Biogeochemical modeling at mass extinction boundaries: Atmospheric carbon dioxide and ocean alkalinity at the K/T boundary

  • Caldeira Ken 
  • Rampino Michael R. 
  • Volk Tyler 
  • Zachos James C. 
Mesozoic/Cenozoic Events
Part of the Lecture Notes in Earth Sciences book series (LNEARTH, volume 30)


The causes of mass extinctions and the importance of major bio-events in the history of life are subjects of considerable scientific interest. A large amount of geological, geochemical, and paleontological information now exists for the Cretaceous/Tertiary (K/T) boundary (66 Myr BP). These data are used here to constrain a newly developed time-dependent biogeochemical cycle model that is designed to study transient behavior of the earth system. Model results suggest significant fluctuations in ocean alkalinity, atmospheric CO2, and global temperatures at the K/T boundary, brought about by the extinction of calcareous plankton and reduction in pelagic CaCO3 and organic carbon sedimentation rates. Oxygenisotope analyses and other paleoclimatic data provide some evidence that such climatic fluctuations may have occurred, but stabilizing feedback processes may have acted to reduce the ocean-alkalinity and carbon dioxide fluctuations.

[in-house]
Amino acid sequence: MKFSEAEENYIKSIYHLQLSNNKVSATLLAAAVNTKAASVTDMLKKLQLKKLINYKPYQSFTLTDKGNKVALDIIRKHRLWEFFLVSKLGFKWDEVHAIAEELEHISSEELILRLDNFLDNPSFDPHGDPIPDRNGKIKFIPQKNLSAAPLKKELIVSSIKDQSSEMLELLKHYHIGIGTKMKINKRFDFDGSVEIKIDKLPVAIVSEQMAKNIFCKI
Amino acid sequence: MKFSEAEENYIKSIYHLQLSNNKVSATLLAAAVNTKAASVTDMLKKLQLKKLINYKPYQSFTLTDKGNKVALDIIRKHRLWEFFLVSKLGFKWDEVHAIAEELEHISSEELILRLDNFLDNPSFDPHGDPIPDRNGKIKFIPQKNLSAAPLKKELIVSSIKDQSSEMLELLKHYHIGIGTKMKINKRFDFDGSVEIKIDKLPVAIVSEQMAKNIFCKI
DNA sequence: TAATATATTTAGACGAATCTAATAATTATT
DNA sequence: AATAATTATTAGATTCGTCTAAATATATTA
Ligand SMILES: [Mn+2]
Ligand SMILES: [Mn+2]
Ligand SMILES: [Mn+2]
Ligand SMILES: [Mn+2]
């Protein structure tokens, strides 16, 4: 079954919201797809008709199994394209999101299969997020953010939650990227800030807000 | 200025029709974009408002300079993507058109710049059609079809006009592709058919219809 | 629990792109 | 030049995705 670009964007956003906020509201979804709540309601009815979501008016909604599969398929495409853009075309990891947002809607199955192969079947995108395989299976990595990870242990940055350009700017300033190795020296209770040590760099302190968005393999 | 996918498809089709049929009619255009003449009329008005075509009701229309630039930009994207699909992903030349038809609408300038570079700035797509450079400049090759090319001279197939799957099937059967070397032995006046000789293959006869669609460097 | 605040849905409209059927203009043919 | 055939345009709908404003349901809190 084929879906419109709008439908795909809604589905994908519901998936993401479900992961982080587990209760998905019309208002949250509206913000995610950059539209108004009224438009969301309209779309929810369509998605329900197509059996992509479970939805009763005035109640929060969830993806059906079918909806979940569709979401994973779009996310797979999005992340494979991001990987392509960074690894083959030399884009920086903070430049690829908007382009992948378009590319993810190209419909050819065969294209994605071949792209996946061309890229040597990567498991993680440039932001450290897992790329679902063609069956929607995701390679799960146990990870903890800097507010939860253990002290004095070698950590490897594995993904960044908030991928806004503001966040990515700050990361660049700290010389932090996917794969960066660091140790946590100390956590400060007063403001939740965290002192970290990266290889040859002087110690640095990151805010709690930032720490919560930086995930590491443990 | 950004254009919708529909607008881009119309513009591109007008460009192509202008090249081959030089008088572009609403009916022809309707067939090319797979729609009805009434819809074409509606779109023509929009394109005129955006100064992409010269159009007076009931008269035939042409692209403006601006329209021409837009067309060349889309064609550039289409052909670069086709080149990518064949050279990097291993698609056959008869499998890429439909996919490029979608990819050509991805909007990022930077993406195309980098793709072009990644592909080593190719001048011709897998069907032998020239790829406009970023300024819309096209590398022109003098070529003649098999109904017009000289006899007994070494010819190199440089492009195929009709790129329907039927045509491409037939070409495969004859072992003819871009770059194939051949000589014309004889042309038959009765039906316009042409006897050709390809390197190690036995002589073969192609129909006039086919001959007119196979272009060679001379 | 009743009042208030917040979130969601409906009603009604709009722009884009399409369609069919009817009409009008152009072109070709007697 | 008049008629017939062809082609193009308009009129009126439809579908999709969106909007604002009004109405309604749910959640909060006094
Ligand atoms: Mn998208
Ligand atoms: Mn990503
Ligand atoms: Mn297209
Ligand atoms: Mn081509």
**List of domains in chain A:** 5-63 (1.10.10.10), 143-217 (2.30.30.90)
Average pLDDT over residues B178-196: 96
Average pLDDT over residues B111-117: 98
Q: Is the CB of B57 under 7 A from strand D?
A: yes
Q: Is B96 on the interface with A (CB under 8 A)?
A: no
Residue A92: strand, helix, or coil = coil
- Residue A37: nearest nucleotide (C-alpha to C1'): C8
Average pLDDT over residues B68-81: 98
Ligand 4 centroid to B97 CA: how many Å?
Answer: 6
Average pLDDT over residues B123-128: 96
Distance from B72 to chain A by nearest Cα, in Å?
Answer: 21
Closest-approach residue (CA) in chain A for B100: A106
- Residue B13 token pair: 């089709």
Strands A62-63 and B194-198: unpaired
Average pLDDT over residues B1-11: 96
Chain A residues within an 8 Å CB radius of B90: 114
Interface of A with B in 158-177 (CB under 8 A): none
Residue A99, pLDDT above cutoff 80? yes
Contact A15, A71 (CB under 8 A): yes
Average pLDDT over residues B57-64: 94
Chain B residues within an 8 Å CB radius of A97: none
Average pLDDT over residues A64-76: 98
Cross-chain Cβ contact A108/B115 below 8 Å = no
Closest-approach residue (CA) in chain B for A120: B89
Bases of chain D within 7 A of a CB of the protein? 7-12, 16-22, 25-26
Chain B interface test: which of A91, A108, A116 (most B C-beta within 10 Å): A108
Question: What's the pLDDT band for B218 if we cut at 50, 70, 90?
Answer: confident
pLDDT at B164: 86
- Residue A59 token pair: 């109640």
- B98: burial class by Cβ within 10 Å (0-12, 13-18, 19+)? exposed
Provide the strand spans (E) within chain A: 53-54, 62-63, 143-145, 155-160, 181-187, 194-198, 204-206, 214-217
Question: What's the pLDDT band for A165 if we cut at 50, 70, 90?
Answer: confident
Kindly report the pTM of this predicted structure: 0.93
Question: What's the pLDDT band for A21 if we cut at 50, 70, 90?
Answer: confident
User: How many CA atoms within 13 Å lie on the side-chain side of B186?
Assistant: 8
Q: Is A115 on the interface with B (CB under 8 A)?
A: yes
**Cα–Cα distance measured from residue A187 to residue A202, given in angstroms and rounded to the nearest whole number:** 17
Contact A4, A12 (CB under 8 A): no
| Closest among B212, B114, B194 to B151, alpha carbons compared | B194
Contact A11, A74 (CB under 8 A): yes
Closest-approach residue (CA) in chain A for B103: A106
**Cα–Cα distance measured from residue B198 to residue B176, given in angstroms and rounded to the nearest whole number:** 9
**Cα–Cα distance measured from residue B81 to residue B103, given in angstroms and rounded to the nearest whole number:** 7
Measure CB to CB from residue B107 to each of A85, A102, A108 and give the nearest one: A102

Mass Extinction Benthic Foraminifera Magnesium Silicate Biogeochemical Modeling Mass Extinction Event 
These keywords were added by machine and not by the authors. This process is experimental and the keywords may be updated as the learning algorithm improves.


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Copyright information

© Springer-Verlag 1990

Authors and Affiliations

  • Caldeira Ken 
    • 1
  • Rampino Michael R. 
    • 1
    • 2
  • Volk Tyler 
    • 1
  • Zachos James C. 
    • 3
  1. 1.Earth Systems Group, Department of Applied ScienceNew York UniversityNew YorkUSA
  2. 2.NASA, Goddard Space Flight CenterInstitute for Space StudiesNew YorkUSA
  3. 3.Dept. of Geological SciencesUniversity of MichiganAnn ArborUSA

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